Australia signs on to US moonshot

By on 25 September, 2019

A new agreement between the Australian Space Agency and NASA sees a $150 million commitment to develop technology for lunar and Mars missions.

Scott Morrison announced the $150 million contribution to Donald Trump’s Mars mission at NASA’s Washington DC headquarters over the weekend.

Under the agreement, the Australian Space Agency will disburse these funds over five years to support research and development of materials and technologies that NASA needs for its deep space ambitions.

“We’re backing Australian businesses to the moon, and even Mars, and back,” Mr. Morrison said.

“We’re getting behind Australian businesses so they can take advantage of the pipeline of work NASA has committed to.”

The work package includes the controversial and increasingly politicised Artemis program, which aims to establish a sustainable, habitable base on the moon by 2024.

Mr. Morrison said that Australia could play a role in contributing to minerals exploration, automation systems and other equipment for spacecraft.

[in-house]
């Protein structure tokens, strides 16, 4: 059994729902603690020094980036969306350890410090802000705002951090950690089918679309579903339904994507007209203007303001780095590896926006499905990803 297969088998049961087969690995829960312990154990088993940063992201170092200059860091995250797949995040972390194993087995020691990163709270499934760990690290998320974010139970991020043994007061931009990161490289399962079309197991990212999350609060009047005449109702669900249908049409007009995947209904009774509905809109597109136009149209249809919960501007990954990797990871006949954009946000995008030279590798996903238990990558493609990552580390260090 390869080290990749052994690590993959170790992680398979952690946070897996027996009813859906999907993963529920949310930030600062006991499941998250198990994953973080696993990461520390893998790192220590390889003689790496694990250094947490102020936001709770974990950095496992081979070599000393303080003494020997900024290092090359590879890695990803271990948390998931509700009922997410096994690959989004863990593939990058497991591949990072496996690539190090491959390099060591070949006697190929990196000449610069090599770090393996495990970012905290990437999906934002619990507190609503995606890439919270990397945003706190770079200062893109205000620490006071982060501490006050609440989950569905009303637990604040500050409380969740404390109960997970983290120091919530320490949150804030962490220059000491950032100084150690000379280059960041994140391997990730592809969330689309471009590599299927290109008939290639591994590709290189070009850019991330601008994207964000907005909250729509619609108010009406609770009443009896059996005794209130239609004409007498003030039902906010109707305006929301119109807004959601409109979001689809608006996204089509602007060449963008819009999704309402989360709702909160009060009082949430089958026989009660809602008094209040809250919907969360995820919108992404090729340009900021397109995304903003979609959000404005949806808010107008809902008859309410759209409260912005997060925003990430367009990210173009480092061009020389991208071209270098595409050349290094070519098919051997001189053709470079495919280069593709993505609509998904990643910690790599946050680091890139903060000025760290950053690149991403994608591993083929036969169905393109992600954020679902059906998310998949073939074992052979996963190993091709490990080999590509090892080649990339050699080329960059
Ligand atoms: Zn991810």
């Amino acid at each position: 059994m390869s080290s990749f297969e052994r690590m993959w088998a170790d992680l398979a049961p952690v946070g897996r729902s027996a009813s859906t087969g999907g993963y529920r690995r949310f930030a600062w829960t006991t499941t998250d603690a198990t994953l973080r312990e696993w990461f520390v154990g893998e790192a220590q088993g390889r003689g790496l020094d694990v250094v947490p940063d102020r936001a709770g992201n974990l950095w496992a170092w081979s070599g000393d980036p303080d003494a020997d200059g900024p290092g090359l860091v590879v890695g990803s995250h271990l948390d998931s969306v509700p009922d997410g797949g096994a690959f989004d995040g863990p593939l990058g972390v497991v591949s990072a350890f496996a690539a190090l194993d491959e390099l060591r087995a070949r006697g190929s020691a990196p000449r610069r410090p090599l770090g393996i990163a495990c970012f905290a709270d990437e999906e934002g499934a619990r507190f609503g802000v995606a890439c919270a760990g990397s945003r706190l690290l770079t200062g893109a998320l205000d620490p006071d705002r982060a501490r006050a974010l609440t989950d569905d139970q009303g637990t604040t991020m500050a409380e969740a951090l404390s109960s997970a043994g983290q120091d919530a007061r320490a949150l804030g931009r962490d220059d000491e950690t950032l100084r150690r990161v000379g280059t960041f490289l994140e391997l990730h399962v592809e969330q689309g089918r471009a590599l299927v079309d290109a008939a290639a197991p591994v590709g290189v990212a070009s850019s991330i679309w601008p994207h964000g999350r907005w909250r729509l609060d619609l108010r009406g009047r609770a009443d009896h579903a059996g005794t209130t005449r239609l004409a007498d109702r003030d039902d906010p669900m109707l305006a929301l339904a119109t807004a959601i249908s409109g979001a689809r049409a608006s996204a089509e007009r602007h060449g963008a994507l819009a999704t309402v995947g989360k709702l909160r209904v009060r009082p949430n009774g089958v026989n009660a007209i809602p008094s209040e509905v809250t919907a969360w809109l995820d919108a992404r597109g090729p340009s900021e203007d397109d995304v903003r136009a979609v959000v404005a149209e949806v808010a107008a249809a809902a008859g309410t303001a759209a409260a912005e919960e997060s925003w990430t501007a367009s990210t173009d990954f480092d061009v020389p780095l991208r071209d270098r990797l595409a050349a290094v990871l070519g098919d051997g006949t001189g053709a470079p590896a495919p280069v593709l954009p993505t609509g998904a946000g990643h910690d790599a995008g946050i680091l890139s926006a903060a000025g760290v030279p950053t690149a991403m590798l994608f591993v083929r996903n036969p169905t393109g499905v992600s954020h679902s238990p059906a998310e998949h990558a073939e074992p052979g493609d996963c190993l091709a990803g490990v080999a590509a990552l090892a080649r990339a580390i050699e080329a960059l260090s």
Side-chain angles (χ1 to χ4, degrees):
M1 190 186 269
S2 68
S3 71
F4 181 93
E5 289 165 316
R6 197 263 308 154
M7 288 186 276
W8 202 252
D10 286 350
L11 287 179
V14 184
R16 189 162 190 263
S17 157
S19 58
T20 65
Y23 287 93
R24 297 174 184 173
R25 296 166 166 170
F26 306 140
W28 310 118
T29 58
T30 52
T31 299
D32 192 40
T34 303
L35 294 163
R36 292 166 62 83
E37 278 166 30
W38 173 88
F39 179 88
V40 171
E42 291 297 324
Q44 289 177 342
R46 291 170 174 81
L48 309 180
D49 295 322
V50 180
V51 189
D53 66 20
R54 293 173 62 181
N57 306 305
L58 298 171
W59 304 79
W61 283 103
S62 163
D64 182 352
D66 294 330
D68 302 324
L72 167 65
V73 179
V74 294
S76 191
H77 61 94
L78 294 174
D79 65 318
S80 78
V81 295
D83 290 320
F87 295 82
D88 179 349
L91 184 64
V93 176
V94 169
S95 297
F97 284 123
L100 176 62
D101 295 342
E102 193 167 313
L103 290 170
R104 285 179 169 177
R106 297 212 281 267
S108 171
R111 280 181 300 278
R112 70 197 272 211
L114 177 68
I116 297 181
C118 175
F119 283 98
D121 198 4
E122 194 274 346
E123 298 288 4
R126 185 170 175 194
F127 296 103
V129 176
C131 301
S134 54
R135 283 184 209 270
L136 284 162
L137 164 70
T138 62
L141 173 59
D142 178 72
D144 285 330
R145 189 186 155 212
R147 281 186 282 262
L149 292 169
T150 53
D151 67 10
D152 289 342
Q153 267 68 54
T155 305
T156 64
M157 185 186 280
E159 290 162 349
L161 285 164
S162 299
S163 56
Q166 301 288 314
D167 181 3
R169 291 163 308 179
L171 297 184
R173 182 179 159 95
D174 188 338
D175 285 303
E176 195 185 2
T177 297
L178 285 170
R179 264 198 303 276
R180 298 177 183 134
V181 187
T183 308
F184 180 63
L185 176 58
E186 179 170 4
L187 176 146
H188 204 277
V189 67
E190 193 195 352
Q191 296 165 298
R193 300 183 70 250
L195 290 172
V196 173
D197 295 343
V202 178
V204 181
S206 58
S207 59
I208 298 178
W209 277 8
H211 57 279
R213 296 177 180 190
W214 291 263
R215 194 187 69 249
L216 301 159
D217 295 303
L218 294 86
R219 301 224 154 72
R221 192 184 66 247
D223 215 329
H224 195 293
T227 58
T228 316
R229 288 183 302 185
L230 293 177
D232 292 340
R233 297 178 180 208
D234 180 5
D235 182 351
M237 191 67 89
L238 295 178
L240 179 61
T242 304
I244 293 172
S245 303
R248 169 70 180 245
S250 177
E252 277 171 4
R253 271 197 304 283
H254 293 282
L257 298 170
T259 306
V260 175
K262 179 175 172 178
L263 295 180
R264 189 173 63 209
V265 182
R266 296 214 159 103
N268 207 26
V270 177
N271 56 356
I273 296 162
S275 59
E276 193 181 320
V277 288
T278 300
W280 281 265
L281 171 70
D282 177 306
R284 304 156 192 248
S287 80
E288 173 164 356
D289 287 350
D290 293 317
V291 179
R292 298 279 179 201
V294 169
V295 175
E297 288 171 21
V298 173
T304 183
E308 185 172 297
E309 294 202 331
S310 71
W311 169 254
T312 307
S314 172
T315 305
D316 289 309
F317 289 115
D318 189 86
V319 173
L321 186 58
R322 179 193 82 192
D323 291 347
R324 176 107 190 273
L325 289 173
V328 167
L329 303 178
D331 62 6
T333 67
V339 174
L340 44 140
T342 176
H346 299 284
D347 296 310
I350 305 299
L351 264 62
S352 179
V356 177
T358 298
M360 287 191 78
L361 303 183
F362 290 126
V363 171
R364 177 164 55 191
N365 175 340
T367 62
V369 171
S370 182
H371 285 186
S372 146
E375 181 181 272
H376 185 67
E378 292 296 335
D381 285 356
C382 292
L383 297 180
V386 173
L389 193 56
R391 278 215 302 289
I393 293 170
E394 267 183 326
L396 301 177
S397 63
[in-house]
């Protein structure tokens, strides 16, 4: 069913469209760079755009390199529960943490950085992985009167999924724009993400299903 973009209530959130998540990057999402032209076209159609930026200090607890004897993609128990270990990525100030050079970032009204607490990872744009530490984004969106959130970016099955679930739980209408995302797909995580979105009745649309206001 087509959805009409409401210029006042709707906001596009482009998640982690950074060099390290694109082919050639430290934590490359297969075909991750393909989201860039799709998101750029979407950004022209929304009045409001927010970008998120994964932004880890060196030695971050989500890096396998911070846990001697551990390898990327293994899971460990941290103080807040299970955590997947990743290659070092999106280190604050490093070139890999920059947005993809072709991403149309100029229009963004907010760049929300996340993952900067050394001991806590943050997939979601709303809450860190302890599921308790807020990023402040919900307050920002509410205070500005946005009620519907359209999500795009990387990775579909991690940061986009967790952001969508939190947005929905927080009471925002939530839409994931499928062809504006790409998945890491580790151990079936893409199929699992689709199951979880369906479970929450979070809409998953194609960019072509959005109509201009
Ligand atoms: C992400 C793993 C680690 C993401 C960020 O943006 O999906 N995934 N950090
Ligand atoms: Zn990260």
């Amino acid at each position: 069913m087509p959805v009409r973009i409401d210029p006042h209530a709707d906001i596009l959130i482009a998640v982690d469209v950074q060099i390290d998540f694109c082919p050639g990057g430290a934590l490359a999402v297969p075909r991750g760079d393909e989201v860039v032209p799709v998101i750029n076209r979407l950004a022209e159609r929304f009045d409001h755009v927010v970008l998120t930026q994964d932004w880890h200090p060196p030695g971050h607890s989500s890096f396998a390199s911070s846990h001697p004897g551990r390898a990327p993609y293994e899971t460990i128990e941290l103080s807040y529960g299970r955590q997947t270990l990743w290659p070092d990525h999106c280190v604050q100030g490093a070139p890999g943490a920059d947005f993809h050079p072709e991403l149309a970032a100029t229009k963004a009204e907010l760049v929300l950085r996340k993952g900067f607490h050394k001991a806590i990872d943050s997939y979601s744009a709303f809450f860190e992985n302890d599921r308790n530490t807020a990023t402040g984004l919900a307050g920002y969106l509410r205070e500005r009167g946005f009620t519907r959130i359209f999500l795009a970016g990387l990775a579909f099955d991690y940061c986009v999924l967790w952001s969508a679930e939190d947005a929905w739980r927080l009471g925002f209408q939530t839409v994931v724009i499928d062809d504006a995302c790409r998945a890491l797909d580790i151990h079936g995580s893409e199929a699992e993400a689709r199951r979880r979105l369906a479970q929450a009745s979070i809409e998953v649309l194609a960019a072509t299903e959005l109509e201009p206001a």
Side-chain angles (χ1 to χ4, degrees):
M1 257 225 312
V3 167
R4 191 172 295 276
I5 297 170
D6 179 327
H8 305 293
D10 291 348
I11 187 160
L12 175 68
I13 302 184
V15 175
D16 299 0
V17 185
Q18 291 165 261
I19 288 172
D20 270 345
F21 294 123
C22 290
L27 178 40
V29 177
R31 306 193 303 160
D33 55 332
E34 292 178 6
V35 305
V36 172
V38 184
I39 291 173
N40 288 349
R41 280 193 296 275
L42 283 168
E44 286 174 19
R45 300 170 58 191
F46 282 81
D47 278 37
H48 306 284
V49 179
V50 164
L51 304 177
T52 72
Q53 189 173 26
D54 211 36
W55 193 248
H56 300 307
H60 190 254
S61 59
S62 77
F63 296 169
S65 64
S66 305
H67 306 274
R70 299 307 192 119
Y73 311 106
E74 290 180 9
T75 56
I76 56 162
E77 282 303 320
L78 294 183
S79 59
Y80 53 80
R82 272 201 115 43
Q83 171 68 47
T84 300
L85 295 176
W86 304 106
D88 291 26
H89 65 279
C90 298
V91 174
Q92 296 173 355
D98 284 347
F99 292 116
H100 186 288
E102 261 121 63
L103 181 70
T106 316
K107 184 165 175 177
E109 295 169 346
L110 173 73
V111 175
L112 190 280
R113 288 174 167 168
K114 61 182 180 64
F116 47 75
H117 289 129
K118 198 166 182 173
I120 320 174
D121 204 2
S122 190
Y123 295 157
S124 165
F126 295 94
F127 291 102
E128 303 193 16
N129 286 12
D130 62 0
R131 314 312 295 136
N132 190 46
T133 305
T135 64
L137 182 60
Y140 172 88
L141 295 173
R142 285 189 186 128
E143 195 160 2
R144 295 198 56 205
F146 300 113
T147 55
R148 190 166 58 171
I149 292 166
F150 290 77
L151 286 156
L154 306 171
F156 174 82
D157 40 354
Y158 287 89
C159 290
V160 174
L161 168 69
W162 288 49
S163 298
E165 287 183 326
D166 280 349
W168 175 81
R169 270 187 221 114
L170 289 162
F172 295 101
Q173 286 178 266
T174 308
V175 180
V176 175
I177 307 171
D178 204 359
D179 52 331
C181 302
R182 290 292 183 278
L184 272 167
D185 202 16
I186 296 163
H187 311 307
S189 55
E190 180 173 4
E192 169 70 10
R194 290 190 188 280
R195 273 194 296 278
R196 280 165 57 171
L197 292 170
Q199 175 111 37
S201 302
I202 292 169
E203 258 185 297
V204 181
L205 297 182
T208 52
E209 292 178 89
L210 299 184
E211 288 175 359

“We’re pretty good at mining in Australia,” he said.

Whilst the timing commitment and motivations of NASA’s lunar and Mars missions may be murky, the benefit to Australia’s high end engineering and research sector will be crystal clear.

The news was welcomed by Professor John Shine, president of the Australian Academy of Science.

“The Government’s space investment builds on a long history of cooperation between Australia and the US in space missions and will have a lasting impact on the growing space industry and workforce in Australia,” he said.

A range of other science-related initiatives were also announced, covering specific provisions for areas of bilateral cooperation and collaboration.

These included a commitment to develop a critical minerals action plan to increase trade between Australia and the US in rare earth minerals, important raw elements in developing high end electronic componentry and advanced composites.

Other initiatives announced included an agreement to cooperate on reducing marine plastic debris and improving waste management, opportunities for Australian scientists to advise on lithium-ion recycling and on hydrogen safety, and cooperation between the National Science Foundation and Australian researchers.

“The bilateral agreements between Australia and the US provide opportunities for Australian scientists to contribute their expertise to a number of issues of global importance, where science will be critical to finding environmental and technology solutions,” Professor Shine said.

“The announcements are a reminder of the importance science plays as a soft power asset in international engagement.”

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